Another student, one of the brightest I ever taught, did not believe me when I told him he was brilliant.He could solve problems on the fly, with complex and effective solutions. He was not so good, however, with a pencil. He was in a low level science class (likely because of behavior issues). I saw his confusion, so I confirmed that he sucked as a student, but not to confuse intelligence with education. He broke out in a huge grin. I doubt he'll graduate.

I often teach high level concepts, and you're right, with time many of them get it.

If I ever end up ship-wrecked on a desert island and had to work with a class, I'd take my low level class. They're survivors, and more than a few of them bust their asses just to barely pass.

Dear Jeremy,

It's a funny type of law--not following it results in loss of some money, but only federal dollars, and in our state the town pays most of the bill. I wonder if we are spending more money trying to comply with an impossible law than we are gaining by compliance.

At the risk of sounding like a heretic, the scientific method as taught in the States' public schools is not nearly as useful as we think, and I think we turn off a lot of thinking by forcing kids in a scientific method box. I may have to blog on that some day.

Charlie Roy said...

The question of who wins when all our schools fail to meet 100% proficiency is worth asking. The race to deregulate and privatize our world is certainly on. I work in a private not for profit school. We don't have shareholders and any surplus is saved to benefit the quality of education at a later date. Could the conspiracy be there? Are the private charters circling their pray waiting for the great turnover to take place?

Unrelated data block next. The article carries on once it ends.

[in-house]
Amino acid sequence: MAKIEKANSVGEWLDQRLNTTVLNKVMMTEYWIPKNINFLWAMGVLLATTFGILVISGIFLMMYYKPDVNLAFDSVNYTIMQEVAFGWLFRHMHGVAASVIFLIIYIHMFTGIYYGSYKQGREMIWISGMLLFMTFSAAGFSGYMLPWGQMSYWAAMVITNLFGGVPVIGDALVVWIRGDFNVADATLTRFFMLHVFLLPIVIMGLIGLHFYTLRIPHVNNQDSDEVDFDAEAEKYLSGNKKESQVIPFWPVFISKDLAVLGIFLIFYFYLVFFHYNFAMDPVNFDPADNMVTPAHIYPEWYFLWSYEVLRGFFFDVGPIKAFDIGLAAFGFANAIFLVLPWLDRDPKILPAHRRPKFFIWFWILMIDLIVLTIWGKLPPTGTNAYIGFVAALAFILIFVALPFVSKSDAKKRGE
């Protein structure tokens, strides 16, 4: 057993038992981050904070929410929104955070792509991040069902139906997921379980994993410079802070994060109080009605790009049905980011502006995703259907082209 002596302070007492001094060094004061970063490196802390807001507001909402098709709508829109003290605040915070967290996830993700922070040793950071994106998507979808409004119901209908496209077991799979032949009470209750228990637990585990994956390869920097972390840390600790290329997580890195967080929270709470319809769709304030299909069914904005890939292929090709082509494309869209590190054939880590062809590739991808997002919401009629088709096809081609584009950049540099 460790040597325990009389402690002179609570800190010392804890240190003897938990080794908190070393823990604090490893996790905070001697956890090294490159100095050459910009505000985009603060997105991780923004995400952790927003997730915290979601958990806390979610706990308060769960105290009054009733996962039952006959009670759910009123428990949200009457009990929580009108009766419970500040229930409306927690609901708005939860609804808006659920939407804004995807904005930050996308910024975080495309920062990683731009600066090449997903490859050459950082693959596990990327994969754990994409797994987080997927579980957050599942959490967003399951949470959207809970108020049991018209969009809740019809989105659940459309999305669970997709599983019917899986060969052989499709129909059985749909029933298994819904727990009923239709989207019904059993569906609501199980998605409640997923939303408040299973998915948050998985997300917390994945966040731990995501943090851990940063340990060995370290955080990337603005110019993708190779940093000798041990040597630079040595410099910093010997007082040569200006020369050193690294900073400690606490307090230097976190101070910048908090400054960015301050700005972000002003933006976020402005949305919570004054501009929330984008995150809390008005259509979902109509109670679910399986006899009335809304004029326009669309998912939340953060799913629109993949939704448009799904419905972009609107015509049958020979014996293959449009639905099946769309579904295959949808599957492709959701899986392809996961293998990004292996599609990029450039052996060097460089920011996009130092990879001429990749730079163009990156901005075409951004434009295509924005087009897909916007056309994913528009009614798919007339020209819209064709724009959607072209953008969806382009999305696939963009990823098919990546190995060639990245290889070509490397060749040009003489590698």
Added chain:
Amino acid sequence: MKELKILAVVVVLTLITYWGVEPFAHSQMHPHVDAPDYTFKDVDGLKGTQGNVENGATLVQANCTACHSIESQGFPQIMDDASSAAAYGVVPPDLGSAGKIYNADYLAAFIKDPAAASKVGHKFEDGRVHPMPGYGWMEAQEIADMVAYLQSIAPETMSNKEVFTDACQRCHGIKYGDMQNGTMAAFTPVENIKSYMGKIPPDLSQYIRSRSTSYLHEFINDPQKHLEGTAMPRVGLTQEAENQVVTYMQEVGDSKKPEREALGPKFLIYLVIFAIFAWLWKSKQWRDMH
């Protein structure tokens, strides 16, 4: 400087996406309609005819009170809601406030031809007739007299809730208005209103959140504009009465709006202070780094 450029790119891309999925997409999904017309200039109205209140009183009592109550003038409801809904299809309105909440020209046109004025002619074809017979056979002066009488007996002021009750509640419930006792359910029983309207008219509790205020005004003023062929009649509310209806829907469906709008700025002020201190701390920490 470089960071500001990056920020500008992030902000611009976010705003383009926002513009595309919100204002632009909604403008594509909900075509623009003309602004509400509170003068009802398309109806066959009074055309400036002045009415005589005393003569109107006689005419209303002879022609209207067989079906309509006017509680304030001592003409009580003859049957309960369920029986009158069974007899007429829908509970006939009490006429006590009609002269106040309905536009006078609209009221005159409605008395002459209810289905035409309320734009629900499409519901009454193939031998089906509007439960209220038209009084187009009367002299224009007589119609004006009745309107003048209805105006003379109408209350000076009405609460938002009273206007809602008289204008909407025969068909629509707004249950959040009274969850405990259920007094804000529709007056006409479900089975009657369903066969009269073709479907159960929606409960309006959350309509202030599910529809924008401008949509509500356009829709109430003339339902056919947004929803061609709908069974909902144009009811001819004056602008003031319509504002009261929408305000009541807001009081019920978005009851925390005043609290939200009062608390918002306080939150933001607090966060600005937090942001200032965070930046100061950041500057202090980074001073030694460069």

Wayne Stratz said...

two thumbs up for the "piss poor scholars" of the world.

Barry Bachenheimer said...

The "Why do We Need to Know This" question is as old as time. You effectively gave them a very real reason for it.

As you and I have conversed about before, in high school, students are told "it" is important because they will need to know it when they get to college.

We are asking them to delay gratification and trust their teachers.

Teachers in turn trust(?) the curriculum.

You can only trust the curriculum if it asks the right essential questions.

You sir, are teaching what is called "The Hidden Curriculum"!

Jules said...

"You take science class to learn how to examine evidence, to learn how to think. It's not the only way to think, but it's a very effective one."

Bravo! We need to teach students thinking skills! Hopefully, the age of content tyranny and NCLB is coming to a close...